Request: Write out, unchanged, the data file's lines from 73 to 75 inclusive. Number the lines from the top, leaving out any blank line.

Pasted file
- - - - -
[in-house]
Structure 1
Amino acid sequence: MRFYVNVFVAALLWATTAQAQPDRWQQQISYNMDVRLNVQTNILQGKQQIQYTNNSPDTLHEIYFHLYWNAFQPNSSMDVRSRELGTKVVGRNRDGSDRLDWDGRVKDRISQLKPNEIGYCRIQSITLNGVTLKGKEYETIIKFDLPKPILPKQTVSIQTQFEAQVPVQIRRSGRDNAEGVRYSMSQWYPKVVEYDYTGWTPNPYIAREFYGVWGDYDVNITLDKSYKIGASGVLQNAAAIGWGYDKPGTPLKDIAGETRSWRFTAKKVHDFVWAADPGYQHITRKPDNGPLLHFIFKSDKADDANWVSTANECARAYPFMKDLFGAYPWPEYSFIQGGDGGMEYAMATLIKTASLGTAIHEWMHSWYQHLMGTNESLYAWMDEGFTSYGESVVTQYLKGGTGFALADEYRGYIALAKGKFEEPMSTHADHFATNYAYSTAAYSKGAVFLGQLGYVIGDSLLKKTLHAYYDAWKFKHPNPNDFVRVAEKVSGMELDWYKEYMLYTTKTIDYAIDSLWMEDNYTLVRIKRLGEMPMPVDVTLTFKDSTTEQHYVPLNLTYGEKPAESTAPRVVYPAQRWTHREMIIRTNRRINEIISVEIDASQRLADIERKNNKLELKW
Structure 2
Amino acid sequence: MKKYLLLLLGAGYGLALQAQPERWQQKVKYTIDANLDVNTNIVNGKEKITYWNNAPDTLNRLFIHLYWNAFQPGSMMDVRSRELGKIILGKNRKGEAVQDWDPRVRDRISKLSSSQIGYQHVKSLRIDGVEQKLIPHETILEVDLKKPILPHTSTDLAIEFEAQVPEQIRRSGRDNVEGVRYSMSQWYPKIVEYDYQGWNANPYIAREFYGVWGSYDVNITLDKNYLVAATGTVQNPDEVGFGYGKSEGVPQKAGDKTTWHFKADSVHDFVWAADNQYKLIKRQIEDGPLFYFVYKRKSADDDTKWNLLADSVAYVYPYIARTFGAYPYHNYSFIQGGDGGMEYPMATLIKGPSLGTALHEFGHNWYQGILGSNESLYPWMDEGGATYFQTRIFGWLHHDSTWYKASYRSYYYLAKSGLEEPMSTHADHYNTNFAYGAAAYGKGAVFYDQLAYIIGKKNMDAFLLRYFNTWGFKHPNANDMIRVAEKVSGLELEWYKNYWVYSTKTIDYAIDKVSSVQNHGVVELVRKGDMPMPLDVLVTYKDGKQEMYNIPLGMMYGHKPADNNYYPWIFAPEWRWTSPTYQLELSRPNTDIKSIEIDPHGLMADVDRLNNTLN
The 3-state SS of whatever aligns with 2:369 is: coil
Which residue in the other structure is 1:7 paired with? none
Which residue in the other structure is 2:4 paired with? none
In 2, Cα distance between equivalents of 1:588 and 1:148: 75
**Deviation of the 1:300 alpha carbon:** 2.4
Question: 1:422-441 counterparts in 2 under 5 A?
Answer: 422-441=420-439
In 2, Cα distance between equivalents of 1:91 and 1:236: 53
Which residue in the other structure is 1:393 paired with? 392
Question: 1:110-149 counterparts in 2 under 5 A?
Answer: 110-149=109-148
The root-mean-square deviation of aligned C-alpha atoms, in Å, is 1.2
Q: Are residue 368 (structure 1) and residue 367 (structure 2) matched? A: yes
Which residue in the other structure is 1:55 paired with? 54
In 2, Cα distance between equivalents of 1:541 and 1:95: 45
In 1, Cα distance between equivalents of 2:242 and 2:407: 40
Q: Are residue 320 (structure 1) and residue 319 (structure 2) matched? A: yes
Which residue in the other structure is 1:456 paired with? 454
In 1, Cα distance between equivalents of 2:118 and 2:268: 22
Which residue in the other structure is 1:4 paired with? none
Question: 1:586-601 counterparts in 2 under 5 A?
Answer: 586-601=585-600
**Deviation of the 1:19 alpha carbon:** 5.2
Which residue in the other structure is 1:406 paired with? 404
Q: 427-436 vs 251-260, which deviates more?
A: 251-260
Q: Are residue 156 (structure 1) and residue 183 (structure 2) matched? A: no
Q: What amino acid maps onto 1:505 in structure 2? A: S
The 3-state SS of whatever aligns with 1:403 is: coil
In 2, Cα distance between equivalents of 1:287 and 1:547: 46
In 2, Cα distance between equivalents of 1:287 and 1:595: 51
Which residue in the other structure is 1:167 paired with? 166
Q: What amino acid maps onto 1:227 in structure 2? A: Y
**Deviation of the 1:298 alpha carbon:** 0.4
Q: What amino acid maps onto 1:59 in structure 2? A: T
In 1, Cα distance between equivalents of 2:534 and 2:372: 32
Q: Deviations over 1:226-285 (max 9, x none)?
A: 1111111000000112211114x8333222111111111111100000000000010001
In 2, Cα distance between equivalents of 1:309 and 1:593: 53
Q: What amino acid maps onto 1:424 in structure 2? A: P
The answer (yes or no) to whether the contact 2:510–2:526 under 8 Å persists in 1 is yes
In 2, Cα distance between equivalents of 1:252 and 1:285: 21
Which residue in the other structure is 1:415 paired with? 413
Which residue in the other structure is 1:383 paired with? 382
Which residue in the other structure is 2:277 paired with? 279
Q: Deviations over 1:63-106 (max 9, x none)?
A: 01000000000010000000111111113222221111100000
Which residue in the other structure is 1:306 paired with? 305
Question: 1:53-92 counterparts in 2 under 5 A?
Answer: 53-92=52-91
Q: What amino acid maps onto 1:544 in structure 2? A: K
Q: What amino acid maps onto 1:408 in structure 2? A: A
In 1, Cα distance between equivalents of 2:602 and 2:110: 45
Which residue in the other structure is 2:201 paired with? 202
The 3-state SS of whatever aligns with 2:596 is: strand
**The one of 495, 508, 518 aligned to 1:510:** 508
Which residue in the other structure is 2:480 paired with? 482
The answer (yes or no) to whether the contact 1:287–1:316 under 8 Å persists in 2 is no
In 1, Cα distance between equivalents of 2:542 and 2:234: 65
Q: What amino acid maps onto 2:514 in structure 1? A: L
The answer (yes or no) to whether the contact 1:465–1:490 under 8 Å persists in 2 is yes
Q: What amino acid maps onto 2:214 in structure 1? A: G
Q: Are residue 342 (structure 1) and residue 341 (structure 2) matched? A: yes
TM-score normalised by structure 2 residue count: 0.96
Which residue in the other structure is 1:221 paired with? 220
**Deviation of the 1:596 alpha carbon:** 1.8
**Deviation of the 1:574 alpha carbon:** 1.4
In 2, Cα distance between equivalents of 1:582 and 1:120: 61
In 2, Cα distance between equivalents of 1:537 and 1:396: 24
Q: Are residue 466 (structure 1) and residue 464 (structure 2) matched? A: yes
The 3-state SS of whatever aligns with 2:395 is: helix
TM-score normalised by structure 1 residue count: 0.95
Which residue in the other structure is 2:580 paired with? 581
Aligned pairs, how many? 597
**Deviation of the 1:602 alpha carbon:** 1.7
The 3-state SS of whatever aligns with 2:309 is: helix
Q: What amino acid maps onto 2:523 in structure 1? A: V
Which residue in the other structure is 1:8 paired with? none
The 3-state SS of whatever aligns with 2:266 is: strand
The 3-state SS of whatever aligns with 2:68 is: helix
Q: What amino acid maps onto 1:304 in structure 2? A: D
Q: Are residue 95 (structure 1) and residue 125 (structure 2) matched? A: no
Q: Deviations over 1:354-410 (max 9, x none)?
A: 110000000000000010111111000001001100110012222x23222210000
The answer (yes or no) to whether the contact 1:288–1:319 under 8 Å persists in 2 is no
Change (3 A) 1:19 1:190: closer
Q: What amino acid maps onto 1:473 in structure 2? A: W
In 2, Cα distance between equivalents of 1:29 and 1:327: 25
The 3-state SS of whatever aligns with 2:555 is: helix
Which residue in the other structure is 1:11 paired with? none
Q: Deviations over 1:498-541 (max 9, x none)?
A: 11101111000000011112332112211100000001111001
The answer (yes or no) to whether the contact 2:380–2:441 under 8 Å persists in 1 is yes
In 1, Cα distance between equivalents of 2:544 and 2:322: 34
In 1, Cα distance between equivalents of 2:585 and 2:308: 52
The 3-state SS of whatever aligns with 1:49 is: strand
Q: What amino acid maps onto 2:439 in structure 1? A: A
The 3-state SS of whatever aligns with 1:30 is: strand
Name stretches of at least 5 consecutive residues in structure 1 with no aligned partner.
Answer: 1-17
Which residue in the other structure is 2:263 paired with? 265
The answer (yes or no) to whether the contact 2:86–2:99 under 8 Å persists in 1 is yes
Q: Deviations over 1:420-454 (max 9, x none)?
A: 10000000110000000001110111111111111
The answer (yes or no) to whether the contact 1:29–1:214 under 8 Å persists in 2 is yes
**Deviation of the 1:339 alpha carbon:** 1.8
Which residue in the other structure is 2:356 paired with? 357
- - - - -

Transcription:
In 2, Cα distance between equivalents of 1:582 and 1:120: 61
In 2, Cα distance between equivalents of 1:537 and 1:396: 24
Q: Are residue 466 (structure 1) and residue 464 (structure 2) matched? A: yes